Why would you choose to attend a magic mushroom ceremony over an ayahuasca ceremony? What are the similarities and differences between both plant medicines? Magic mushrooms versus ayahuasca.
Similarities between magic mushrooms and ayahuasca
First of all, both ayahuasca and magic mushrooms are considered plant medicines or psychedelics. They both have a consciousness expanding effect. The molecular structure of the active ingredients is actually quite similar and both are acting on the serotonin receptors in the brain. Also, both ayahuasca and magic mushrooms have been ritually used for many generations by indigenous traditions in the places where they originate.
Different location of origin
This makes up for the first main difference: ayahuasca comes from the Amazon rainforest, whereas magic mushrooms grow all over the world. Ayahuasca is known to have been used by around 160 different indigenous tribes. About a century ago these indigenous practices merged with other spiritual traditions, like Christianity, and with mestizo culture. Nowadays many ‘hybrid’ forms of ayahuasca rituals have spread all around the world.
Although magic mushrooms can be found in many places, for a long time not much was known about their use in the western world. A still intact ritual mushroom tradition is that of the Mazatec in Mexico. When American banker Gordon Wasson wrote a report for Life Magazine in 1953, describing his own participation in these rituals, the news rapidly spread. It inspired people to start cultivating magic mushrooms at home. Nowadays around 200 psilocybin containing species have been ‘discovered’.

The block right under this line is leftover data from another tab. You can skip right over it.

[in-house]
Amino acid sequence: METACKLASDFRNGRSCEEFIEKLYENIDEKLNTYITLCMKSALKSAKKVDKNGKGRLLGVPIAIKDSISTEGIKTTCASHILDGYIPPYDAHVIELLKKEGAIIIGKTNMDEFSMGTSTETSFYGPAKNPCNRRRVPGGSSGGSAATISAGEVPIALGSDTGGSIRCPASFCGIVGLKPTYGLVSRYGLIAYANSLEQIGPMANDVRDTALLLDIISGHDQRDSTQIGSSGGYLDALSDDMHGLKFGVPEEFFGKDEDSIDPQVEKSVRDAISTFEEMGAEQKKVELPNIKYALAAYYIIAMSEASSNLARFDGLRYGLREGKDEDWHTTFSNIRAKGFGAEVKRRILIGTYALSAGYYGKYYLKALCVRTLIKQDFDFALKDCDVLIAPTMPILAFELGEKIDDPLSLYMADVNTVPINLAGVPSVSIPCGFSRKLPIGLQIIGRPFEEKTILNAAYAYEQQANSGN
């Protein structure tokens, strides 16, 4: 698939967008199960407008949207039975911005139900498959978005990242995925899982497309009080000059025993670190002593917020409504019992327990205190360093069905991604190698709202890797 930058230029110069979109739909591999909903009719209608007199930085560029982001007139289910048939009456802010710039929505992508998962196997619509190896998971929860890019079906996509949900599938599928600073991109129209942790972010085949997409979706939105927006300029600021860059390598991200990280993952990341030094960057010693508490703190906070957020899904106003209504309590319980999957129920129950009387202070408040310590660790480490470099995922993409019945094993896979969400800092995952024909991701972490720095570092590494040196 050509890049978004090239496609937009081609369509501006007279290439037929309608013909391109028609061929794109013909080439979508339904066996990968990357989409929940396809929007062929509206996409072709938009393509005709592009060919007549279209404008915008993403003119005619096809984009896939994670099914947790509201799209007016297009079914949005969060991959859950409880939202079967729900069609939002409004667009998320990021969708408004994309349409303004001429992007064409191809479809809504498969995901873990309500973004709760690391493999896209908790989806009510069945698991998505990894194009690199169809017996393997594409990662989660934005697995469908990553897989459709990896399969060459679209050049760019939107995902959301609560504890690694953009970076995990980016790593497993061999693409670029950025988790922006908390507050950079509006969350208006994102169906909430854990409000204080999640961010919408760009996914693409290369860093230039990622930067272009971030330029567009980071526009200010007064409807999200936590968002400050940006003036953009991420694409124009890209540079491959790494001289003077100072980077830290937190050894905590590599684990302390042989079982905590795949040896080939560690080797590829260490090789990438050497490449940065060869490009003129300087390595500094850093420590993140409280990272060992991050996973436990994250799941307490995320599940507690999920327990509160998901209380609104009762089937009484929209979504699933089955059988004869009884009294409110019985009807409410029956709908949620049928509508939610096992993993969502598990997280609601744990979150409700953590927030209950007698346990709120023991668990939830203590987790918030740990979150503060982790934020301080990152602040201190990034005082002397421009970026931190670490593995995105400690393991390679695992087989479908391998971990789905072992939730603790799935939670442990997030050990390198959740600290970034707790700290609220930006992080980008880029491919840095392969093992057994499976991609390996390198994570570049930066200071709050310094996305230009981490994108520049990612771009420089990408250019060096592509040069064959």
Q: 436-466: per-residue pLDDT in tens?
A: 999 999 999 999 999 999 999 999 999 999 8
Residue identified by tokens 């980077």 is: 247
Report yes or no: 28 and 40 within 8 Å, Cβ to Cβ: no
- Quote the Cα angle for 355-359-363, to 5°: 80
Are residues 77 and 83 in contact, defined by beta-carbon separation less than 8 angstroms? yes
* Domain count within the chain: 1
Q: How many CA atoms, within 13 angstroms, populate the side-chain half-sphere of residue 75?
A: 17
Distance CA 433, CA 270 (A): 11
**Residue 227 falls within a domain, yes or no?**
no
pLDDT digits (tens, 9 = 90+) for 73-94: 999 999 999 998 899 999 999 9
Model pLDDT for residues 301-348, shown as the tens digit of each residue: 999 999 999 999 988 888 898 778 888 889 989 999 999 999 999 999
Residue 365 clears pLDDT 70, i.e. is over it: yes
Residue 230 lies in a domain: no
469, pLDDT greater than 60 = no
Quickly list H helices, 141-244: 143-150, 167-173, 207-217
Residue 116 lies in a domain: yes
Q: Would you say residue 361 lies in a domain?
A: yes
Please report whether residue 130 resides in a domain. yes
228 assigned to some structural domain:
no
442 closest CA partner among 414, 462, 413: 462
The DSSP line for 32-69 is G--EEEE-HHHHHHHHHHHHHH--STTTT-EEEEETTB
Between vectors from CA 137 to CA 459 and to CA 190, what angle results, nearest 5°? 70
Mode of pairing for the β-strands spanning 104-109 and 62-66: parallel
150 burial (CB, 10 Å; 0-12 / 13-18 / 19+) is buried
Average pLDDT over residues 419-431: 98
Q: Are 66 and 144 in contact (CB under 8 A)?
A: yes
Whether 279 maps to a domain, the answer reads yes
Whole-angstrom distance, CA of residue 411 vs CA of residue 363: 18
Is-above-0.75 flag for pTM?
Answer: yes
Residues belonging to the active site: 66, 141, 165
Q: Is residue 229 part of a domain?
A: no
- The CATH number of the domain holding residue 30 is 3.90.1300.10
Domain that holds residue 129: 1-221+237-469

Living in the Netherlands we can say mushrooms are more ‘native’ to us than ayahuasca: they help us to develop our own forms of nature spirituality, connecting to the land we came from and to our own ancestors. For reasons of sustainability it might also be preferable to work with local plant medicines instead of importing them from far away.
A brew versus a fungus
Ayahuasca is a brew, a concoction of two ingredients: the vine Banisteriopsis Caapi and the leaves of either Chacruna or Chaliponga. Only their combined effect makes up for the distinguished ayahuasca experience. As the ayahuasca vine contains an MAO inhibitor you should be more careful with what you eat and stick to the so-called ayahuasca diet surrounding the days of your journey. Magic mushrooms, obviously, are not even ‘plants’ but fungi. You can eat them either fresh or dried.
Magic mushrooms and ayahuasca: differences in experience
Differences in the specific experience they bring about are a bit harder to distinguish, as the psychedelic experience in general is very subjective. Experiences vary widely and are amongst others affected by the set (like your intention and the preparation you did beforehand) and setting in which you take them.
However, to many psychonauts magic mushrooms and ayahuasca clearly have their own ‘spirit’ or character. The ayahuasca experience is often considered more rough: you first pass through the darkness, before entering the light. Nausea and vomiting are more common than during a mushroom journey. Still, this might also happen with mushrooms. Magic mushrooms are mainly considered to be gentle, friendly and playful. They have a lot of humour and often make you laugh.
Ayahuasca or magic mushrooms: which plant medicine is calling you?
Both plant medicines may teach you important lessons and can help you reconnect with yourself and the world around you. When choosing for one ceremony or another the main question to ask yourself should therefore be: which plant medicine is calling you?